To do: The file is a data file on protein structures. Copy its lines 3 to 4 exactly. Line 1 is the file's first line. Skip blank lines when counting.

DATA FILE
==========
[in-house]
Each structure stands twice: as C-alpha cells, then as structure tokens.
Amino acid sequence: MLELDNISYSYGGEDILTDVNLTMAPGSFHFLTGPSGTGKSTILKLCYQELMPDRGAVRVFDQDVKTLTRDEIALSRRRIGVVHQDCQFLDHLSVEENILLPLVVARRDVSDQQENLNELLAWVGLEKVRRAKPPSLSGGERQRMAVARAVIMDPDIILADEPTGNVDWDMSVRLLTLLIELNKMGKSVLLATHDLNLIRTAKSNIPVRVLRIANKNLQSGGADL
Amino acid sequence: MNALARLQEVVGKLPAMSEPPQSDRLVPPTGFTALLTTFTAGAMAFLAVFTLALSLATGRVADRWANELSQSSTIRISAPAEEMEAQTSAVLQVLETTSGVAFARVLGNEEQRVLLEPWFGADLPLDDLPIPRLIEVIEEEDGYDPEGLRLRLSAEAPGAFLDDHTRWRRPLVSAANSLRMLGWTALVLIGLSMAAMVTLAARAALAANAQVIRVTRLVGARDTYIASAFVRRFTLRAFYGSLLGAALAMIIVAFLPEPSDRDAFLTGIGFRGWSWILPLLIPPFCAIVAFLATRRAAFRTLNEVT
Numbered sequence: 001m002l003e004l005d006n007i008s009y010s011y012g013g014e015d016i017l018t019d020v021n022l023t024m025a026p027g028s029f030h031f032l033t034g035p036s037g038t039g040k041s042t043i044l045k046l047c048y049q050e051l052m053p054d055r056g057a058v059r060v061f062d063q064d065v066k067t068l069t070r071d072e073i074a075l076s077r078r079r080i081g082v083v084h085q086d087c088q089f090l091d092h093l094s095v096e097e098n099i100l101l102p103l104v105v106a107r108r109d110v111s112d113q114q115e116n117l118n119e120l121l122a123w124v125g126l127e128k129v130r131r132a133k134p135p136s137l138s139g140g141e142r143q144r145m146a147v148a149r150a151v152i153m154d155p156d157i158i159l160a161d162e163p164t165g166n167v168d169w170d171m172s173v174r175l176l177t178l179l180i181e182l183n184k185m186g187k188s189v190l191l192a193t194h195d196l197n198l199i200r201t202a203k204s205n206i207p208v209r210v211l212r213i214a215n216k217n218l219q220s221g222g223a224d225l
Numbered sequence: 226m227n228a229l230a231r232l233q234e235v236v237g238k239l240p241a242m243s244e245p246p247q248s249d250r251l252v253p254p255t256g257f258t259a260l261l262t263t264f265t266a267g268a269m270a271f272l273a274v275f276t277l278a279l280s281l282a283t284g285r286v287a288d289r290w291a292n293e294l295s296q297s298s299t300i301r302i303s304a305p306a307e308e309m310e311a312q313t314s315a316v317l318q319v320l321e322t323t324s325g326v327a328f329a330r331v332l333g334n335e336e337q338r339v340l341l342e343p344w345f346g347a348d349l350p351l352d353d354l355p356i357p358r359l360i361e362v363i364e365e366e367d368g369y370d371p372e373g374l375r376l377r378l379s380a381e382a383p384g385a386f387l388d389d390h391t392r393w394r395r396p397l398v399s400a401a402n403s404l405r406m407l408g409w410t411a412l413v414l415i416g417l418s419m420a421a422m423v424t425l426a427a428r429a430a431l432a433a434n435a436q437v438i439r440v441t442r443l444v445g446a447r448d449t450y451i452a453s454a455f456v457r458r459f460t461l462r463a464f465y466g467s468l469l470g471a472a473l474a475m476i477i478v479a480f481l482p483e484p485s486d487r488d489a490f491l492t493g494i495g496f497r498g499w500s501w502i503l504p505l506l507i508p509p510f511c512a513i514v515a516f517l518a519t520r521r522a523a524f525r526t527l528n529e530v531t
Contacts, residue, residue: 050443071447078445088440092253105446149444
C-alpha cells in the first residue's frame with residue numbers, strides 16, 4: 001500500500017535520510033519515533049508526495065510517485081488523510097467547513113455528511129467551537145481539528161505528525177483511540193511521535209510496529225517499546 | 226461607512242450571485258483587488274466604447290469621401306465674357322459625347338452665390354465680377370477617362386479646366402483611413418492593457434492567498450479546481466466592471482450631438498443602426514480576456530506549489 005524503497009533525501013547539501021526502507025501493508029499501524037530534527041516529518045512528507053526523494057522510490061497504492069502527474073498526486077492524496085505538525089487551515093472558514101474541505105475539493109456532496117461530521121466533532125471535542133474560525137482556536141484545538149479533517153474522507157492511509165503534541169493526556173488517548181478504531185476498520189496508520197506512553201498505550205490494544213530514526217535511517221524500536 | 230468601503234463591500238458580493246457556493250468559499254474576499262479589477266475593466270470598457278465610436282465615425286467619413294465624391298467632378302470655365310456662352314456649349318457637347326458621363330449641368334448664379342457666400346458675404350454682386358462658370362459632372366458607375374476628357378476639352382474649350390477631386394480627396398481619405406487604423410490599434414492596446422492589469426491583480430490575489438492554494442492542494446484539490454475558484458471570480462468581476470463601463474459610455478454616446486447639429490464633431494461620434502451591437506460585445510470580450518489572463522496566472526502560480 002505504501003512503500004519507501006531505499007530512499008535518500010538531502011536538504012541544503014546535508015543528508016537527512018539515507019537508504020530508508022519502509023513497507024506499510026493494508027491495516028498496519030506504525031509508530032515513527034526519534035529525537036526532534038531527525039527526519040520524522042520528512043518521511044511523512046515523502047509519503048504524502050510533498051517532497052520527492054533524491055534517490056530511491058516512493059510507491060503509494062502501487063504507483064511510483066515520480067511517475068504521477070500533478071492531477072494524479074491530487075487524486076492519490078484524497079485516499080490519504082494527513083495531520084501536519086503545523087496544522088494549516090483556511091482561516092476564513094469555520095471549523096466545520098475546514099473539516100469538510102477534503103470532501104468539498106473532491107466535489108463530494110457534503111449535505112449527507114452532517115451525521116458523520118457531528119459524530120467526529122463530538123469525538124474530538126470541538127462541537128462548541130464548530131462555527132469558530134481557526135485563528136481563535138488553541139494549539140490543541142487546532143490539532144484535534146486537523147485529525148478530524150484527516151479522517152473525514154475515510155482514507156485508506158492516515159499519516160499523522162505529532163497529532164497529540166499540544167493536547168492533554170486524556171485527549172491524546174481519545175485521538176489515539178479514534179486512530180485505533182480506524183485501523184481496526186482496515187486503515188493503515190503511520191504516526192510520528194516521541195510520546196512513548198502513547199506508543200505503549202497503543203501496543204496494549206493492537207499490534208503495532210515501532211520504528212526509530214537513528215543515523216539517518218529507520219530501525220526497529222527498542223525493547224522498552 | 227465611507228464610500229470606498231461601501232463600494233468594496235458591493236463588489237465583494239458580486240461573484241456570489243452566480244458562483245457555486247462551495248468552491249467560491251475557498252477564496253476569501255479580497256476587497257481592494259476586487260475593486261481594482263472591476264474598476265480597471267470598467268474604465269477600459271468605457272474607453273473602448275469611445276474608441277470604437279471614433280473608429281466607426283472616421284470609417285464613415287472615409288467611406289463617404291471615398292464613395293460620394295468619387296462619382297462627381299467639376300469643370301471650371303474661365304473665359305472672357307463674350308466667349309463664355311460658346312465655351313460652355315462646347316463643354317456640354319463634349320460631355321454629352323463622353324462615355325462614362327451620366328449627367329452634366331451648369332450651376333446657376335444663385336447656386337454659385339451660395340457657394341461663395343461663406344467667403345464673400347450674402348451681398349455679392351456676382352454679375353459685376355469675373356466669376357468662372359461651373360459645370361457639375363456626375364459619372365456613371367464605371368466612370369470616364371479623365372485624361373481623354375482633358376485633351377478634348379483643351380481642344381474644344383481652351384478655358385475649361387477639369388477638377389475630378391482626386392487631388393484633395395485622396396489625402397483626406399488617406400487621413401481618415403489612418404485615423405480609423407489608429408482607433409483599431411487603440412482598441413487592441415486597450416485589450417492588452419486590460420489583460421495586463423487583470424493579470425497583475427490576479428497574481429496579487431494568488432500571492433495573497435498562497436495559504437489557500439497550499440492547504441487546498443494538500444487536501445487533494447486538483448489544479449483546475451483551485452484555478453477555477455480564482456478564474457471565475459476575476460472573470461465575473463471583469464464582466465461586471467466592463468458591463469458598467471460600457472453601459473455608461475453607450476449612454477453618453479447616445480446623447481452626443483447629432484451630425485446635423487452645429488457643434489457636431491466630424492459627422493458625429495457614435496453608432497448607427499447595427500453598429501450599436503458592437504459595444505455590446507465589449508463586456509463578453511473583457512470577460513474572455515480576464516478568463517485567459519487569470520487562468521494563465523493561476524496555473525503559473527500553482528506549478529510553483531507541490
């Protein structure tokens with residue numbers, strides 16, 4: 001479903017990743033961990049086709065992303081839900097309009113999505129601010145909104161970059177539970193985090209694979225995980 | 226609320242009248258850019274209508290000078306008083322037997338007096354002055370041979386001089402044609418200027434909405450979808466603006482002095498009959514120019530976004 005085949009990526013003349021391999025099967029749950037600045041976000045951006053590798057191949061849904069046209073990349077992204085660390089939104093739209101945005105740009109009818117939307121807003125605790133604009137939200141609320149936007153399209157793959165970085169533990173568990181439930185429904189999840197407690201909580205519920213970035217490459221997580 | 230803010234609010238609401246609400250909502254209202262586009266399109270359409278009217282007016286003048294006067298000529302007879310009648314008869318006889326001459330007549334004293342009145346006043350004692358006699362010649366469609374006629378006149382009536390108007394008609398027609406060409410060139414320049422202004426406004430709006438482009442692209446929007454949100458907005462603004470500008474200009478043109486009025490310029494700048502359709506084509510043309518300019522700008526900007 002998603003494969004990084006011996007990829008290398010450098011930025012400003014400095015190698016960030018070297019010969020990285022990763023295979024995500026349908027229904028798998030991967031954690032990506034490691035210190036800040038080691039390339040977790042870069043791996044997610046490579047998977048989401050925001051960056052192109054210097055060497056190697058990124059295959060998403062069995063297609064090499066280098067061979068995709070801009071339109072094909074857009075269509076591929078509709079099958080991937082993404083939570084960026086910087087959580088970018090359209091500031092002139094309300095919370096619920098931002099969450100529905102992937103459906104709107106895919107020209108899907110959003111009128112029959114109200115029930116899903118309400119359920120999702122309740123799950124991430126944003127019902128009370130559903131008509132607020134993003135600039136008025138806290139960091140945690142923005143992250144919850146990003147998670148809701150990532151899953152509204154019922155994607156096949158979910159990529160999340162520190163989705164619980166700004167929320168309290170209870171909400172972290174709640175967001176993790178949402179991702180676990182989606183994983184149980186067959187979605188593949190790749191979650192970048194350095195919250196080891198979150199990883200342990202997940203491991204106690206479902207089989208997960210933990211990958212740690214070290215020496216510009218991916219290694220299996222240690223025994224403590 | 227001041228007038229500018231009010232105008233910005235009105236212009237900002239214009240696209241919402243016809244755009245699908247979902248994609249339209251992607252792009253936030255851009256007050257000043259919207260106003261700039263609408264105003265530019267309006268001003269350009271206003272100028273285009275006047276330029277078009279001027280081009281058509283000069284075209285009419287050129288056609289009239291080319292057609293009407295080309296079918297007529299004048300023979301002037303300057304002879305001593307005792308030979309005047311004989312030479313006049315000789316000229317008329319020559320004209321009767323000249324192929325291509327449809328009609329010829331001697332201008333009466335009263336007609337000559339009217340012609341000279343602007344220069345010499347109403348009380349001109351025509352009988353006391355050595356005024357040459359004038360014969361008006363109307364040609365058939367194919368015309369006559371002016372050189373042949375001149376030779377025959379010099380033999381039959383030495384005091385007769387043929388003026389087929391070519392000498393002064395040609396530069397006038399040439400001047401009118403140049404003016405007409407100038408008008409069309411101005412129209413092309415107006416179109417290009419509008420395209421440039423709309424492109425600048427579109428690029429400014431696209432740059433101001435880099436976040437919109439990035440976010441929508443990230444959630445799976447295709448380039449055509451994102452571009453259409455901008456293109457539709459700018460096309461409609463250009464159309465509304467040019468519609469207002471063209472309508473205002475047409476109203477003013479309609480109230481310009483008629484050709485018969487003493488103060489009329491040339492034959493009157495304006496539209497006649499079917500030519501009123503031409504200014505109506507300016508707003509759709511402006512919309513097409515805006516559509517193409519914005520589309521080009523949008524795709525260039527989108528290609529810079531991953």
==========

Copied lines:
Amino acid sequence: MLELDNISYSYGGEDILTDVNLTMAPGSFHFLTGPSGTGKSTILKLCYQELMPDRGAVRVFDQDVKTLTRDEIALSRRRIGVVHQDCQFLDHLSVEENILLPLVVARRDVSDQQENLNELLAWVGLEKVRRAKPPSLSGGERQRMAVARAVIMDPDIILADEPTGNVDWDMSVRLLTLLIELNKMGKSVLLATHDLNLIRTAKSNIPVRVLRIANKNLQSGGADL
Amino acid sequence: MNALARLQEVVGKLPAMSEPPQSDRLVPPTGFTALLTTFTAGAMAFLAVFTLALSLATGRVADRWANELSQSSTIRISAPAEEMEAQTSAVLQVLETTSGVAFARVLGNEEQRVLLEPWFGADLPLDDLPIPRLIEVIEEEDGYDPEGLRLRLSAEAPGAFLDDHTRWRRPLVSAANSLRMLGWTALVLIGLSMAAMVTLAARAALAANAQVIRVTRLVGARDTYIASAFVRRFTLRAFYGSLLGAALAMIIVAFLPEPSDRDAFLTGIGFRGWSWILPLLIPPFCAIVAFLATRRAAFRTLNEVT